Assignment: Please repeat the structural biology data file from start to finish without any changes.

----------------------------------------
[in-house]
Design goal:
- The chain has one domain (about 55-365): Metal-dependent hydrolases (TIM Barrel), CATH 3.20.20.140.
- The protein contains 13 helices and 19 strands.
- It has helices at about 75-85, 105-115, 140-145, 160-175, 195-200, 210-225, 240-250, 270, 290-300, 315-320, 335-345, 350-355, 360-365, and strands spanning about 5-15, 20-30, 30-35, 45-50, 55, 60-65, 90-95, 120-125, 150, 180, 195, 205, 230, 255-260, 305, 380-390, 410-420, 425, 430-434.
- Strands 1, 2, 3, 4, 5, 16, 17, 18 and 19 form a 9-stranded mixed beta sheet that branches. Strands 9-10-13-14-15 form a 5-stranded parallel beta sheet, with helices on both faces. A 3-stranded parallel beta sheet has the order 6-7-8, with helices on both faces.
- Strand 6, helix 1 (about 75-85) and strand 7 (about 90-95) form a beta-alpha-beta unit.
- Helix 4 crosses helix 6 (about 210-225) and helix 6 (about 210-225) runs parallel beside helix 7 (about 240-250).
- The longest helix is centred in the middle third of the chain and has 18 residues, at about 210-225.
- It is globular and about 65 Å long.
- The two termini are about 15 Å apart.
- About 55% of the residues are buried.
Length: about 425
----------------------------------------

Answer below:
[in-house]
Design goal:
- The chain has one domain (about 55-365): Metal-dependent hydrolases (TIM Barrel), CATH 3.20.20.140.
- The protein contains 13 helices and 19 strands.
- It has helices at about 75-85, 105-115, 140-145, 160-175, 195-200, 210-225, 240-250, 270, 290-300, 315-320, 335-345, 350-355, 360-365, and strands spanning about 5-15, 20-30, 30-35, 45-50, 55, 60-65, 90-95, 120-125, 150, 180, 195, 205, 230, 255-260, 305, 380-390, 410-420, 425, 430-434.
- Strands 1, 2, 3, 4, 5, 16, 17, 18 and 19 form a 9-stranded mixed beta sheet that branches. Strands 9-10-13-14-15 form a 5-stranded parallel beta sheet, with helices on both faces. A 3-stranded parallel beta sheet has the order 6-7-8, with helices on both faces.
- Strand 6, helix 1 (about 75-85) and strand 7 (about 90-95) form a beta-alpha-beta unit.
- Helix 4 crosses helix 6 (about 210-225) and helix 6 (about 210-225) runs parallel beside helix 7 (about 240-250).
- The longest helix is centred in the middle third of the chain and has 18 residues, at about 210-225.
- It is globular and about 65 Å long.
- The two termini are about 15 Å apart.
- About 55% of the residues are buried.
Length: about 425